Case-Study: Exception to Progress Rule for Second Term Freshman

Case-Study: Exception to Progress Rule for Second Term Freshman

TITLE: Case-Study: Exception to Progress Rule for Second Term Freshman

Keywords: Season of Competition, Institutional Credit Hours, Term of Attendance, Non-Term Hours, Interpretation Library, Identification.

This week we are going to go back to highlighting our Interpretation Library and explain a nuanced exception to the progress rule. The Interpretation Library is Legislative Services attempt to provide as much clarity as possible in regards to our bylaws. There are times that our bylaws are gray and the NEC, being the governing body of our bylaws, has the ability to provide interpretations in these times. We have gathered many of these interpretations and are posting them in the Library for your convenience. We have written about the progress rule on numerous occasions over the years and if you are interested in some of those briefs please see the links below.

  • This brief provides some FAQs for the exception that we will be addressing in more detail today.
  • This second brief comes from 2016 and does an excellent job of illustrating how the progress rule is applied and what hours can be used.  
  • The third brief explains how inter-term hours can be used to help a student meet the progress rule.

The progress rule requires that students are making continual progress towards graduation. The bylaw in its entirety is below for your convenience. Today though, we are going to focus on the one and only exception to the progress rule. The exception allows a freshman who initially identifies after the fall term and competes in that first term to meet the progress rule for their second season of competition. In order to meet this exception the student must have earned 12 semester or 20 quarter institutional credit hours. The purpose of this exception is clear as we have a lot of students, generally those who have graduated outside of the States, who initially identify and compete after the holiday break. Without this exception it would be almost impossible for these specific students to meet the progress rule for their second season of competition.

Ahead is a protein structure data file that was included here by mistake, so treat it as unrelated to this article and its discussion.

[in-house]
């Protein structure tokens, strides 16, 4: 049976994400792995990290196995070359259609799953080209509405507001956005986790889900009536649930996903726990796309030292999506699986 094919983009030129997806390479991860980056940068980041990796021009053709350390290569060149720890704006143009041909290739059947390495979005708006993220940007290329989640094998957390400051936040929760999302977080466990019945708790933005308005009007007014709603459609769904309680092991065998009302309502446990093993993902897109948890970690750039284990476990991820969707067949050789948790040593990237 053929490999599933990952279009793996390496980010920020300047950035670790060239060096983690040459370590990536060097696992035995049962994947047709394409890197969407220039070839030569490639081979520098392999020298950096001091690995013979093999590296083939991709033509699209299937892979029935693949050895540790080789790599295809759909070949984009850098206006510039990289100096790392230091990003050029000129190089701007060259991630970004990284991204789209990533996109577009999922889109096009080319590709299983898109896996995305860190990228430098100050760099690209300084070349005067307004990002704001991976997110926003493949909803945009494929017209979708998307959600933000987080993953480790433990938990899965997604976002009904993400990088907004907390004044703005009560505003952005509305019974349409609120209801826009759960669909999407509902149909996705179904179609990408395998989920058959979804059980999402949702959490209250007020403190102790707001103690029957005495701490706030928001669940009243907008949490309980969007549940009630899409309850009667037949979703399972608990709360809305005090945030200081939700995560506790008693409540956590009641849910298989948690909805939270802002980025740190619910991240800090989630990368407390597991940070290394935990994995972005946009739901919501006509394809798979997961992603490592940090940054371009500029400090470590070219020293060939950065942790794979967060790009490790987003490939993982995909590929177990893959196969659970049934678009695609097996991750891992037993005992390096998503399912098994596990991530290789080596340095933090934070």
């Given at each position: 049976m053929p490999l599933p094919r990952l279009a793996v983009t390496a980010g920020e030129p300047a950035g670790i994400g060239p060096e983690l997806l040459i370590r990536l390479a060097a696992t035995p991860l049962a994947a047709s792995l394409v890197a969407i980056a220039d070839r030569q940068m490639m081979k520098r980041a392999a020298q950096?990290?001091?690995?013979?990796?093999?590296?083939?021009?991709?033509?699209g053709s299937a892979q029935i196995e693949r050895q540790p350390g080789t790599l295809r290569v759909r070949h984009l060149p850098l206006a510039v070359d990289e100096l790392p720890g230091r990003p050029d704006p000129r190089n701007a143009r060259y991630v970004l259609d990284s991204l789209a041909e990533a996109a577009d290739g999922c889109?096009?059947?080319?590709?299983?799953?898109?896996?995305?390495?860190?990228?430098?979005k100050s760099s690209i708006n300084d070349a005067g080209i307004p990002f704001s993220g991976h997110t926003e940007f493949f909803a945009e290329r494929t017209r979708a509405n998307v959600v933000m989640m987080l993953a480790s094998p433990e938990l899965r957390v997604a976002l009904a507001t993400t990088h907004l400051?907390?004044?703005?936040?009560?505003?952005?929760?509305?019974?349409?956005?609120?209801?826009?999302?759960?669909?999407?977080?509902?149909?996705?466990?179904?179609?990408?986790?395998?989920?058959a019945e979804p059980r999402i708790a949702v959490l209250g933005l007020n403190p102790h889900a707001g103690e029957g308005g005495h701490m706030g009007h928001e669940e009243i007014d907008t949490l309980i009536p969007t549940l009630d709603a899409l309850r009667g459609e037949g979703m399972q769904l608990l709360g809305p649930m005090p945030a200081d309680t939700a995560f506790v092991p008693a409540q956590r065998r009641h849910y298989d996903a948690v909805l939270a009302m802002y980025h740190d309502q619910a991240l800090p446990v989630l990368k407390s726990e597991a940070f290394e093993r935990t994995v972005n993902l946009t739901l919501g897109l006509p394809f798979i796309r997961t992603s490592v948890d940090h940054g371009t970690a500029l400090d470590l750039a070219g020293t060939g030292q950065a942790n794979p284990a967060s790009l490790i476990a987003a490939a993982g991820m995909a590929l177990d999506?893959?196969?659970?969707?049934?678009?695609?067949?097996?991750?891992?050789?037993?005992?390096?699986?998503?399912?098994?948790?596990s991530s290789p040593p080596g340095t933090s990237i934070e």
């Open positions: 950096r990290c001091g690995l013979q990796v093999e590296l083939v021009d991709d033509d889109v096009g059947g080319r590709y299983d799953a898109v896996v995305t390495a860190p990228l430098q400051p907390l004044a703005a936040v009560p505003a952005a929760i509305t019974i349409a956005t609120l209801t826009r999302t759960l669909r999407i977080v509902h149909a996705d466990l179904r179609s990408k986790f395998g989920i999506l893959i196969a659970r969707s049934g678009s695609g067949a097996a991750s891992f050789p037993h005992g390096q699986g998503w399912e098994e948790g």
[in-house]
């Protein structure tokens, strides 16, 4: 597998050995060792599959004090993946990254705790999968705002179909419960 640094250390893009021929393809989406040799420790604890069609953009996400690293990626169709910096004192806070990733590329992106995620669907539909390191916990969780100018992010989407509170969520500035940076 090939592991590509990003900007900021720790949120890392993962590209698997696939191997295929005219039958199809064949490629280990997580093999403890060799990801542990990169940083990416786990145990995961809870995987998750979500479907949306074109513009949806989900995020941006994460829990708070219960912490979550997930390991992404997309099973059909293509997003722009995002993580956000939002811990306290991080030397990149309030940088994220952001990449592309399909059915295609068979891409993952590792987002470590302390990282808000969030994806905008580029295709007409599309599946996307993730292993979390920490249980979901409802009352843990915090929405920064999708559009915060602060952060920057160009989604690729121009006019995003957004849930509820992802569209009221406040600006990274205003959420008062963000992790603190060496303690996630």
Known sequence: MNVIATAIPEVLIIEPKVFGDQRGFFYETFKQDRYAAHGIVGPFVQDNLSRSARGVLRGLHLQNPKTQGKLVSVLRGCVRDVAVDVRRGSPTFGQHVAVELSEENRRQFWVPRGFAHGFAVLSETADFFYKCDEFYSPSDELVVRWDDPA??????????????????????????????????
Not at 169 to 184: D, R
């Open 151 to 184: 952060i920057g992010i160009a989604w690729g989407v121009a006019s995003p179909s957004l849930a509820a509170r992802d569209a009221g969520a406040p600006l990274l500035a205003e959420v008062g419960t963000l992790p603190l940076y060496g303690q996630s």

Bylaw: Article V, Section C, Item 9.

To participate a second season in a sport, all students must have accumulated at least 24 semester/36 quarter (or equivalent) institutional credit hours. Transfer students shall use institutional credit hours as certified by the previous institution(s) to meet this requirement only for their first term of attendance at a member institution. Thereafter, only institutional credit recognized by the student’s current institution and submitted to the registrar for posting on the transcript shall apply.

EXCEPTION: A freshman who initially becomes identified after the first term in the fall shall meet this requirement by having passed 12 semester or 20 quarter institutional credit hours. This exception shall apply to the second season of competition regulation only.

Interpretation

The exception outlined in Article V, Section C, Item 9 is intended for students who initially identify after the fall term (e.g. winter term or spring term) and compete in their first season of competition during either the winter and/or spring term of attendance. Credits earned prior to the student’s first academic term cannot be used to meet the Progress Rule exception going into the second season of competition.

Case Studies

This exception depends greatly on identification, so we have provided that definition below. The definition is found in Article V, Section B, Item 8. 

Identification: Representing an institution in an intercollegiate contest or enrolling in 12 or more institutional credit hours with a minimum of nine institutional credit hours at the NAIA member institution in any given term (excluding summer session) as reported by the institution’s registrar on an official transcript based on the institution’s official census date.